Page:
Coordinate time is the time measured by synchronized watches, placed everywhere in the coordinate system: t.

Coordinate velocity is the ratio of passed distance to the interval of time, measured by synchronized watches, placed at the start and finish points: v=dr/dt; v=vxi+vyj+vzk.

Proper time is the time, measured by the watch, connected with the moving object: t, dt=dt/g.

Proper velocity is the ratio of passed distance to the time measured by the watch, connected with the moving object: b=dr/dt; b=bxi+byj+bzk. Proper velocity is not limited by the value of speed of light. The limit of proper velocity is infinity. The proper velocity of light is infinity.

Speed is the absolute value of coordinate velocity. For example, speed of light is: c=299792458 m/s. v=|v|; v=sqr(vx2+vy2+vz2). In fact, the "ideal speedometer" does not measure the absolute value of coordinate velocity, but it measures the value of proper velocity.

Gamma is the coefficient of space contraction of the moving system, or time dilation in the moving system: g=1/sqr(1-v2/c2)=sqr(1+b2/c2).

Coordinate and proper velocities can be expressed symmetrically through each other

b = vg = v/sqr(1-v2/c2);
v = b/g = b/sqr(1+b2/c2).

Rapidity parameter y and rapidity r

Velocities v and b are not additive ones. The law of velocities addition looks like hyperbolic tangent of the sum of two angles.

v = (v1+v2) / (1 + v1v2/c2),
v/c = (v1/c+v2/c) / (1 + (v1/c)(v2/c)),
thy = th(y1+y2) = (thy1+thy2) / (1+thy1thy2).

That is why in the Special Relativity there were introduced two physical values: dimensionless parameter of rapidity y, and rapidity r with units of velocity.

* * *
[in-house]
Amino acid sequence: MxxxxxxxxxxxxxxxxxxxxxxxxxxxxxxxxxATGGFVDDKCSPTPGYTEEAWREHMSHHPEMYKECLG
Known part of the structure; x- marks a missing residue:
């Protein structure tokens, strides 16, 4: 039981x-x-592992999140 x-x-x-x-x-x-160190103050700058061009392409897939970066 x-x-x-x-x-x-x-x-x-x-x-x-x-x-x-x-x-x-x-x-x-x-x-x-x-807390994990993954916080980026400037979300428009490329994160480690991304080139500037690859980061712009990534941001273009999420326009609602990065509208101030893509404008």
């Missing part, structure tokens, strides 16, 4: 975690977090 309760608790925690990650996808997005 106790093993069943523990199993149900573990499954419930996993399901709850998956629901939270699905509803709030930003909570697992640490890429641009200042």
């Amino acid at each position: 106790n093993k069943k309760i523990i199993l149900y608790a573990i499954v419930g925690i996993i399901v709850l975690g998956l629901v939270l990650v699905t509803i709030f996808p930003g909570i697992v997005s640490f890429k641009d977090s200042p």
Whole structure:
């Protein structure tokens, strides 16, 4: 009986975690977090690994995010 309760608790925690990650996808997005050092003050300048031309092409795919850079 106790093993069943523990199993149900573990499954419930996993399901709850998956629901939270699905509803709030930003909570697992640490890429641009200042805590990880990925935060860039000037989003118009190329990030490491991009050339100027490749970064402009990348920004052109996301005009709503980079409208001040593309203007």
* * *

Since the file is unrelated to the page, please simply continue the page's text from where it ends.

= y c.

Here are connections between v, b, g, y, r:

v/c = thy = th(r/c);
g = chy = ch(r/c);
b/c = shy = sh(r/c).

On the bottom figure one can see the graphs b/c=shy, v/c=thy, r/c=y.

Here are some another comprehensible formulae:

y = r/c = Arth(v/c) = (1/2)ln((1+v/c)/(1-v/c)),
= r/c = Arsh(b/c) = ln(b/c + g) = ln(b/c + sqr(1+b2/c2)),
= r/c = Arch(sqr(1+b2/c2))=Arch(g).

The low of addition of several equal coordinate velocities:

v/c = thy = th(ny0) = th(nArth(v0/c)).

For several parallel vi, but not equal to each other:

v/c = th(Arth(v1/c)+Arth(v2/c)+Arth(v3/c)+...),

The low of addition of two proper velocities: b = b1g2+b2g1,
Compare: shy = sh(y1+y2) = shy1chy2+shy2chy1.

The low of addition of several equal proper velocities:


For several parallel bi, but not equal to each other:


Velocities can be also expressed though exponents:

v/c = thy = (ey-e-y)/(ey+e-y),

b/c = shy = (ey-e-y)/2,

g = chy = (ey+e-y)/2.

Let's try the formula g=sqr(1+b2/c2), using the known formula ch2y - sh2y = 1.

g2 - b2/c2 = (1+b2/c2) - b2/c2 = 1.

In the next sections we'll find the fourth, the most mysterious type of velocity, - the quantable velocity. Introduction of the quantable velocity explains why the electron is not a point particle, but it is a string, embracing the whole Universe at the the extremely short period of time, which is equal to the electrons classical period.

Model of Electron.

In order to understand this figure go ahead and read the next pages.

Forward to part 2: Interval. Four-dimensional velocities. Types of acceleration. Four-accelerations. Relativistic rocket.

Forward to part 3: Different forms of space-time transformations. Quantum velocities in Special Relativity. Model of electron.

Program of moving electron.

To index of Space Genetics. Ivan Gorelik.